[PCE-ARCH] A. Farrel, et al, "A Path Computation Element (PCE)-Based
               Architecture", RFC4655, Aug., 2006.

   [PCECP-REQ] J. Ash, et al, "Path computation element (PCE)
               communication protocol generic requirements", RFC4657,
               Sept., 2007.

   [PCE-INTER LAYER-REQ] T.Takeda,et al,"PCC-PCE Communication and PCE
               Discovery Requirements for Inter-Layer
               Engineering",December 2010.

   [MPLS-AS]  R. Zhan, et al, "MPLS Inter-Autonomous System (AS)
               Traffic Engineering (TE) Requirements", RFC4216, November

   [CSPF]     T. Otani, et al, "Considering Generalized Multiprotocol
               Label Switching Traffic Engineering Attributes During
               Path Computation", draft-otani-ccamp-gmpls-cspf-
               constraints-07.txt, Feb., 2008.

   [RFC3471]  Berger, L., "Generalized Multi-Protocol Label Switching
               (MPLS) Signaling Functional Description", RFC 3471,
               January 2003.

   [RFC3473]  Berger, L., "Generalized Multi-Protocol Label Switching
               (MPLS) Signaling - Resource ReserVation Protocol Traffic
               Engineering (RSVP-TE) Extensions", RFC 3473, January 2003.

   [RFC4726]  A. Farrel, et al, "A framework for inter-domain MPLS
               traffic engineering", RFC4726, November 2006.

   [Arch]     E. Mannie, et al, "Generalized Multi-Protocol Label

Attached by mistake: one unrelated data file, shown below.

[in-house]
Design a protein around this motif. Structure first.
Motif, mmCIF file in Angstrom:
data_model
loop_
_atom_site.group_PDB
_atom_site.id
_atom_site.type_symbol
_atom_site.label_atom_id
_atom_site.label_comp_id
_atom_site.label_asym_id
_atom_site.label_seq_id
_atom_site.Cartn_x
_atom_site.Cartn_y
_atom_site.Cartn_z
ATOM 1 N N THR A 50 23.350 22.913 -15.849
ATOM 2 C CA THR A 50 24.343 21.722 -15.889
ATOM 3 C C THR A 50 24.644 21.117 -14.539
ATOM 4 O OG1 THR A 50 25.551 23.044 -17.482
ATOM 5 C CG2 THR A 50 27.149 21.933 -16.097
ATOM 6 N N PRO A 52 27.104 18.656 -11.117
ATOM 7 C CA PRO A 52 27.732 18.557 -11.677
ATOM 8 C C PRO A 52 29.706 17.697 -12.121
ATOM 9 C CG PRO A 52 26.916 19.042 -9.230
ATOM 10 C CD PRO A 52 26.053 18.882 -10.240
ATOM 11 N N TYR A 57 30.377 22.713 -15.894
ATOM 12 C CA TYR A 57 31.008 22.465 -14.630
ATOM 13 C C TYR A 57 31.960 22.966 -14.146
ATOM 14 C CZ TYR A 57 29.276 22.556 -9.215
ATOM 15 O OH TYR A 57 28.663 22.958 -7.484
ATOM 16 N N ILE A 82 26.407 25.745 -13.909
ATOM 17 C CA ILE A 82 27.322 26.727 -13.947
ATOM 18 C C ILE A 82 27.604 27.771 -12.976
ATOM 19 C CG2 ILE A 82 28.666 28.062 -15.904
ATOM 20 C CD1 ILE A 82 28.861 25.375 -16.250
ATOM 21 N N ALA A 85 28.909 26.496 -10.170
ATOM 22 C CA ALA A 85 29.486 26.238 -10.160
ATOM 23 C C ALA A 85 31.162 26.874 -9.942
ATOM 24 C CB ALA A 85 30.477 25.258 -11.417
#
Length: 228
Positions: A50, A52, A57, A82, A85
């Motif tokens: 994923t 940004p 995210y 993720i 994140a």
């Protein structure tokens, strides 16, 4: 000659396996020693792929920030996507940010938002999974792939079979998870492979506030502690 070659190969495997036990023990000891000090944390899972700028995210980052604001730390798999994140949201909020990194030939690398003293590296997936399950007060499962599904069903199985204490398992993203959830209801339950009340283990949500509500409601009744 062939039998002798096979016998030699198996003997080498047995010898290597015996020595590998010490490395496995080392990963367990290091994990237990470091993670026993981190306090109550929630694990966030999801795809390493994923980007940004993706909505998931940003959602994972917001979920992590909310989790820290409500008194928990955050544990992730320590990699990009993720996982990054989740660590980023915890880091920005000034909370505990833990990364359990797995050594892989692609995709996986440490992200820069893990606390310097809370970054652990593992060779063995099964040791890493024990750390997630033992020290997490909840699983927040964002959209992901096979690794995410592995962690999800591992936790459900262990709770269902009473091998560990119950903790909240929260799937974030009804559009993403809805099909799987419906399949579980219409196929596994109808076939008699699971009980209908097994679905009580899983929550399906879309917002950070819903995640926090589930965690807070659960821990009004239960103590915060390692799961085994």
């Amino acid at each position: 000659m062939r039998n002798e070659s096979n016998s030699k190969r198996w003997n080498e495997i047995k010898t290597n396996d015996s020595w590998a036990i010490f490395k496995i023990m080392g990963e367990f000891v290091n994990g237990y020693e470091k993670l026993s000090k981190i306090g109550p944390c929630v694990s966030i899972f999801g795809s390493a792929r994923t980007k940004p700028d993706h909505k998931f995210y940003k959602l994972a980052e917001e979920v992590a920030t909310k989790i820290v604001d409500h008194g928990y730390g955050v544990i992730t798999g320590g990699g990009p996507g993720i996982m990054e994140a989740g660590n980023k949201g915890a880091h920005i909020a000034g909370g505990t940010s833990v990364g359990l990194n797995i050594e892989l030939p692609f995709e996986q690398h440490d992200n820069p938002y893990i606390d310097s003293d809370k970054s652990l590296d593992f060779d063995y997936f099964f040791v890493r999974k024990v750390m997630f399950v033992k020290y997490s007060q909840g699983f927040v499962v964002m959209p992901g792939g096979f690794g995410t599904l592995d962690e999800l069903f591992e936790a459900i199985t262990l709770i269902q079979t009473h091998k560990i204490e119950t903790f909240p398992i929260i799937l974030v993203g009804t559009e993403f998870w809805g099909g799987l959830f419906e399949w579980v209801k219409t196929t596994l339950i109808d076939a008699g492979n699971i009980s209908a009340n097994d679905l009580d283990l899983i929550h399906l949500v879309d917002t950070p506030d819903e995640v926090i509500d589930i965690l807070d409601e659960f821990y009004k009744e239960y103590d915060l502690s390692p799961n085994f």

Switching Architecture", RFC3945, October, 2004.

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   [RFC5394]   I.Bryskin,et al,"Policy-Enabled Path Computation
               Framework",RFC5394,December 2008.

   [RFC3477]   K.Kompella,et al,"Signalling Unnumbered Links in Resource
               ReSerVation Protocol-Traffic Engineering(RSVP-
               TE)",January 2003.

   [RFC5476]   B.Claise,Ed,"Packet Sampling(PSAMP) Protocol
               Specifications",March 2009.

   [RFC5440]  J.P. Vasseur, et al, "Path Computation Element (PCE)
               Communication Protocol (PCEP)", RFC5440, March 2009.

   [PCEP-EXT]  C.Margaria,et al, "PCEP extensions for GMPLS",draft-
               ietf-pce-gmpls-PCEP-EXTs-02.txt,March 2011.

   [PCE-WSON-REQ] Y.Lee, et al,"PCEP Requirements for WSON Routing and
               Wavelength Assignment",draft-ietf-pce-wson-routing-
               wavelength-04.txt,March 2011.

   [RFC4202]  K. Kompella, and Y. Rekhter, "Routing Extensions in
               Support of Generalized Multi-Protocol Label Switching",
               RFC4202, Oct. 2005.

   [RFC4203]  K. Kompella, and Y. Rekhter, "OSPF Extensions in Support
               of Generalized Multi-Protocol Label Switching", RFC4203,
               Oct. 2005.

   [RFC4872]  J.P. Lang, Ed., "RSVP-TE Extensions in Support of End-to-
               End Generalized Multi-Protocol Label Switching (GMPLS)